Smartphones Didn’t Kill the Robots After All
(Bloomberg Opinion) -- The smartphone hasn’t killed machinery makers after all. Apple Inc. has yet to release a new version of its iPhone, but the trough in demand looks to be ending anyway. The business cycle lives.
Exhibit one: Fanuc. The Japanese automation giant gave a rosier outlook than three months ago, raising its estimates for full-year operating and net income by more than 5 percent. Costs are expected to be down 2 percent. The company, which is typically conservative in its forecasts, predicted a more than 15 percent gain in net income for the first half through September.
That’s a turnaround from a severely downbeat outlook in April. Then, Fanuc said operating profit would fall 34 percent for the year versus consensus estimates of 9 percent growth. Investors took it to mean the smartphone boom was over. Fanuc’s stock plunged as much as 14 percent the next day.
In the fiscal first quarter, sales at Fanuc’s factory automation segment rose 24.5 percent from a year earlier and robot sales climbed 7 percent, driven by demand in Asia and Europe. Robomachines — the segment that includes machines for phone casings — registered a decline of about 6 percent overall and 8 percent in China, a casualty of the sluggish iPhone supply chain.
The results should calm investors. About a quarter of Fanuc’s revenue is exposed to “demand headwinds” that equated to a 12 percent top-line hit in the first quarter, according to a Bernstein analysis. Besides weaker demand from smartphone makers, angsty car companies in the U.S. remain on tenterhooks, distracted by trade threats and grappling with the uncertain future of electric vehicle strategies and the broader auto market.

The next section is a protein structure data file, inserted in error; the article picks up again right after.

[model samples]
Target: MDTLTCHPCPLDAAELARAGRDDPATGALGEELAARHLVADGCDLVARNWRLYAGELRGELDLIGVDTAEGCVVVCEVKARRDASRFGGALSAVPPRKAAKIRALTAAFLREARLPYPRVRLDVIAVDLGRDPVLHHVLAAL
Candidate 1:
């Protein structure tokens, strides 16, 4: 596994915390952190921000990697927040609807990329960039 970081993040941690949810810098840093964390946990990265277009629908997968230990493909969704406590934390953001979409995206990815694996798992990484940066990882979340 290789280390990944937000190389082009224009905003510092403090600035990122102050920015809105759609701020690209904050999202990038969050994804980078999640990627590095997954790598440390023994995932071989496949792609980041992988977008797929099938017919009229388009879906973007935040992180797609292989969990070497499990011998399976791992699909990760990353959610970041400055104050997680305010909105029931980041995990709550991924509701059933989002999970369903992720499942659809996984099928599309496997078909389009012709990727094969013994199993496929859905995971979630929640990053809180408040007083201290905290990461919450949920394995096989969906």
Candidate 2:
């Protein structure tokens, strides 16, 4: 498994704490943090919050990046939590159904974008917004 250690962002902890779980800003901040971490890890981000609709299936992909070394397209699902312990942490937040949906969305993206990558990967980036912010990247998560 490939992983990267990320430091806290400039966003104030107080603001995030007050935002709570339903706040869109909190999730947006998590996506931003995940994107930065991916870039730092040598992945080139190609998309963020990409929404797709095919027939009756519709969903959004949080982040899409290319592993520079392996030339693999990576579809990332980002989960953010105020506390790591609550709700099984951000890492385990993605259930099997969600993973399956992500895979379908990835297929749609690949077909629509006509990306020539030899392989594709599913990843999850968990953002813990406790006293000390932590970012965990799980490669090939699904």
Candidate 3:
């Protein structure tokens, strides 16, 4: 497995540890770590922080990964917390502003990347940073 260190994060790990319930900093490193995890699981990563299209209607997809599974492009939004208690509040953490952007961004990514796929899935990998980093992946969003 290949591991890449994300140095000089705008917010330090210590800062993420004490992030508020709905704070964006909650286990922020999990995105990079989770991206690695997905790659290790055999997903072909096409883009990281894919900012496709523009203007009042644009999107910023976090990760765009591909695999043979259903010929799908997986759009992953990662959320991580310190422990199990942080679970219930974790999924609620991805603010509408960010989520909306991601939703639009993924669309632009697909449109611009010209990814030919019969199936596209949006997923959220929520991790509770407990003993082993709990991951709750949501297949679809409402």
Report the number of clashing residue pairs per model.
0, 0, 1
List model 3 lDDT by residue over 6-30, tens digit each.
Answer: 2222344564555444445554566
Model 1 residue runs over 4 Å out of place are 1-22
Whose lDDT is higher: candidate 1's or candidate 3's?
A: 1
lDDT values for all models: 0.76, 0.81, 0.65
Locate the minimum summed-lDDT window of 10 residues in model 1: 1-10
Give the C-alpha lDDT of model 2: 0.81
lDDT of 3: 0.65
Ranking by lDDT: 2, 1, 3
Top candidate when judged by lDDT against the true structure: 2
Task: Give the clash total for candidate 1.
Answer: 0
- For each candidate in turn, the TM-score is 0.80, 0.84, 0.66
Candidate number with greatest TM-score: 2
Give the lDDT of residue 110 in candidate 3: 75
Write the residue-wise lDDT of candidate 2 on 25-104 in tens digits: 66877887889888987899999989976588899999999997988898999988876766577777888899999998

But other segments continue to grow, as first-quarter results hinted. As we explained here, Japan’s machinery orders continue to rise well above previous peaks. In addition, there are multiple capital-expenditure cycles that aren’t in sync. Just as China’s move to stimulus this week boosted construction machinery stocks, a new iPhone that usually comes out in September will breathe fresh life into Fanuc’s robodrill business. That’s how supply chains work.
In keeping with its cautious ways, Fanuc warned again that the broader environment remains “difficult and unpredictable.” Its estimates are based on a yen to U.S. dollar exchange rate of 100, considerably stronger than the 110 average that’s prevailed over the past year.
Fanuc’s automation business, which isn’t tethered to Apple or exposed to the U.S., is growing. It accounts for between 20 percent and 30 percent of revenue, with customers mostly Asian and China-driven companies. Meanwhile, demand in the European and Asian auto industry is rising, along with general machinery sales across Asia.
Investors who beat down the shares of Japan’s industrial automation giants this year should remember: The cycle always turns.
This column does not necessarily reflect the opinion of the editorial board or Bloomberg LP and its owners.
Anjani Trivedi is a Bloomberg Opinion columnist covering industrial companies in Asia. She previously worked for the Wall Street Journal.
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